County set to buy Basalt townhome for worker housing
October 8, 2012
ASPEN – More than four years after Pitkin County government announced it had money to devote to worker housing and was looking for ways to spend it, county commissioners may be ready to pull the trigger on a purchase.
The county has placed an Elk Run townhome in Basalt under contract for $342,000; commissioners will take up the purchase on Wednesday. A public hearing is scheduled Oct. 24.
The county now has more than $10 million in accumulated funds earmarked for worker housing, but commissioners have been stymied on how best to spend the money. A year after the intention to acquire housing was made public in the spring of 2009, commissioners gathered at a board retreat in Redstone to discuss the reasons for their inaction on a list of some 30 to 40 potential investments.
More recently, commissioners held a three-hour discussion last spring to review current demand for worker housing and at what income levels, and to prioritize the spending of the housing funds. They agreed county government isn’t going to develop housing; if new housing is to be constructed, it will be through a partnership with another public or private entity.
They also decided to retain a real estate broker to help analyze opportunities from Basalt to Aspen; broker Sally Shiekman-Miller ultimately got the nod to work with the county.
Since then, a trio of county officials working with Shiekman-Miller have been looking at real estate in the upper valley to get a sense of what’s available. The work led to the contract for the Elk Run unit, according to Brian Pettet, director of public works and one of the threesome assigned to housing acquisition. Also involved are Jon Peacock, county manager, and John Redmond, finance director.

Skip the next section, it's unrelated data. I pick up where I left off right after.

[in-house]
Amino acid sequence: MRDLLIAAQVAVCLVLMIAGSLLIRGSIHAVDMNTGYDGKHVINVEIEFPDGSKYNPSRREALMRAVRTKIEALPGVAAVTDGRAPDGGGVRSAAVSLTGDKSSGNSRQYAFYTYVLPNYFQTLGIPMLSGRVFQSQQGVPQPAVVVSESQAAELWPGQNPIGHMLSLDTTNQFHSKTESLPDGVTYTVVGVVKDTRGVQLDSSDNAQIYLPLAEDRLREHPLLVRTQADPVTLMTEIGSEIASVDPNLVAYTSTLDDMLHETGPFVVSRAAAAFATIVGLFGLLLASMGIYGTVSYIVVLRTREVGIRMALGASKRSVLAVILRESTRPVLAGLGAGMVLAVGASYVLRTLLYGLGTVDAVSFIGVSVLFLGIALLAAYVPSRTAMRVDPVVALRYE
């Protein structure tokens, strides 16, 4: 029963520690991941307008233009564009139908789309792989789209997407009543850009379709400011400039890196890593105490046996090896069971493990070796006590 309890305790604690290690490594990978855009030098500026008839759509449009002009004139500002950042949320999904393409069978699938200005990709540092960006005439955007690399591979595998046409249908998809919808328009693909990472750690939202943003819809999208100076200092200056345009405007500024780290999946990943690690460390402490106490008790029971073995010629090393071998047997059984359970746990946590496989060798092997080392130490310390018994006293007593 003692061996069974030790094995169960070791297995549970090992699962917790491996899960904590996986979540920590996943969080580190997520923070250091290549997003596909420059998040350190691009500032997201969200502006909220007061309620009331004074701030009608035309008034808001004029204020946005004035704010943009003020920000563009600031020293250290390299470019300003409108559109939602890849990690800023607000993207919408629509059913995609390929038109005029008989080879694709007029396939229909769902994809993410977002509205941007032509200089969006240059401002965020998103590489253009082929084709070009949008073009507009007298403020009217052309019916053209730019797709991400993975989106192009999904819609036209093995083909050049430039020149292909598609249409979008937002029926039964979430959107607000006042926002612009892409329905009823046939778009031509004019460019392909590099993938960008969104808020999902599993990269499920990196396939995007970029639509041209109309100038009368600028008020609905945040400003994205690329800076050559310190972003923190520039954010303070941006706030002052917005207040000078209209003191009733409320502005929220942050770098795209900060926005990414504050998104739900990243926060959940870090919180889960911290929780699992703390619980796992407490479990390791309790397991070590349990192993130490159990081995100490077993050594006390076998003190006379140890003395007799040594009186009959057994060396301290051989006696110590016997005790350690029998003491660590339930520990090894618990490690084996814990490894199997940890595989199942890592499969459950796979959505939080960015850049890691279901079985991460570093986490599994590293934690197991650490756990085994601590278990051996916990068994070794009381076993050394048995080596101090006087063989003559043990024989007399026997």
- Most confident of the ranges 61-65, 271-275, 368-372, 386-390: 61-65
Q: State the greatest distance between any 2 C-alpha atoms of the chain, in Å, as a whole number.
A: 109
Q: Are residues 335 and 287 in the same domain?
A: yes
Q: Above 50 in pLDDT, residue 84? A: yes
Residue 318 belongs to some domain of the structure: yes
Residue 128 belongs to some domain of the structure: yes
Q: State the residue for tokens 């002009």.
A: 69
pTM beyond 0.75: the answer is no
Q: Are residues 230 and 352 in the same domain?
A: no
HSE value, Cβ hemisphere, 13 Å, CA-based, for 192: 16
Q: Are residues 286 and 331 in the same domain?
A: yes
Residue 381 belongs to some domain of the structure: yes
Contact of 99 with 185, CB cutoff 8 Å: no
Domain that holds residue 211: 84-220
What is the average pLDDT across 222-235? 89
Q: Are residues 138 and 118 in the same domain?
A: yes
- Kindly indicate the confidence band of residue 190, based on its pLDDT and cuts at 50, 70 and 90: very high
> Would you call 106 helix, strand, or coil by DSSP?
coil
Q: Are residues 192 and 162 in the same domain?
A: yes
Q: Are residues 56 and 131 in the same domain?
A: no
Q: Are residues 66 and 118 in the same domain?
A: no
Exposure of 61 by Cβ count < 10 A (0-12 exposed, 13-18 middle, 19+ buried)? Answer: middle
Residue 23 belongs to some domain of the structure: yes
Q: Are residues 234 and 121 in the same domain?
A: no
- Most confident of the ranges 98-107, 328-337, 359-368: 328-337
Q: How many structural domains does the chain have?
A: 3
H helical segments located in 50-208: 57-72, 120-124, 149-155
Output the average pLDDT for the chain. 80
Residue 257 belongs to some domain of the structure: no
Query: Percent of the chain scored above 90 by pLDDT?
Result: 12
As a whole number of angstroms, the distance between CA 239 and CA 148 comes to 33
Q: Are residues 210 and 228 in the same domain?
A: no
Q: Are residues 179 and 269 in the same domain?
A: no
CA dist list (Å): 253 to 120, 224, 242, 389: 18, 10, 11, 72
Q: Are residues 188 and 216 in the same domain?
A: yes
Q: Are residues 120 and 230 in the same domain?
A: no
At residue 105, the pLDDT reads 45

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A second housing purchase is a topic of discussion for commissioners when they meet in executive session Tuesday.
The Elk Run unit is a 3-bedroom, 3.5-bathroom townhome. Whether it will be a rental unit, or sold to a qualified worker, has yet to be determined, as is whether it will be made available to the general workforce or reserved for a county government employee, Pettet said. Commissioners previously agreed to spend half of the county’s money on housing for government needs and half on housing that would be made available to the county’s working populace in general.
“We don’t have a lot of housing for our own employees. Trying to attract people has been a struggle,” Pettet said.
County officials are looking for units that can fulfill both the county’s needs and the community’s needs, he said.
“We’ve looked at a lot of properties,” Pettet added.